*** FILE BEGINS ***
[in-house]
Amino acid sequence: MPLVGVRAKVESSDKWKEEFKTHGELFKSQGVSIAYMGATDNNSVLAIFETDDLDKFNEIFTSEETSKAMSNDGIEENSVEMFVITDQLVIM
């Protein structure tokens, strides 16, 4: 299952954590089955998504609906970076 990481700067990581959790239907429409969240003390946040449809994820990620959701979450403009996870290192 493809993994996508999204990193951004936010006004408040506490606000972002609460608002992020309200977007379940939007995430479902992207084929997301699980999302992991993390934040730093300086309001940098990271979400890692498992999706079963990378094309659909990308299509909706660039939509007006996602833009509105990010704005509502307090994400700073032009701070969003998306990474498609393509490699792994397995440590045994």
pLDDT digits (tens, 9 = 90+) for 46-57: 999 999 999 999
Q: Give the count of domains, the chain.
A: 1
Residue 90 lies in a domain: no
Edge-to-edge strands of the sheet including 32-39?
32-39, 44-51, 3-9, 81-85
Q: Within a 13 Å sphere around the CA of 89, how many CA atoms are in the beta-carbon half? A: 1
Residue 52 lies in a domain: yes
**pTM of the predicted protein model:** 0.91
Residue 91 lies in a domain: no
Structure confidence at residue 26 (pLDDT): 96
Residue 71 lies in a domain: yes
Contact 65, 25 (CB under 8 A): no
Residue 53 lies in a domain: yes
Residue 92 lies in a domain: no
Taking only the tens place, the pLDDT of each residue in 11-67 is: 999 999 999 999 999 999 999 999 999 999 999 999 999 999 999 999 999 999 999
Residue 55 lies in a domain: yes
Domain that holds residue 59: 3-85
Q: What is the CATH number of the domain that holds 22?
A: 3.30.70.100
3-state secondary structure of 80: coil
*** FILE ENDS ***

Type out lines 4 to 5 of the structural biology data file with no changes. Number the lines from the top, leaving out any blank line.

pLDDT digits (tens, 9 = 90+) for 46-57: 999 999 999 999
Q: Give the count of domains, the chain.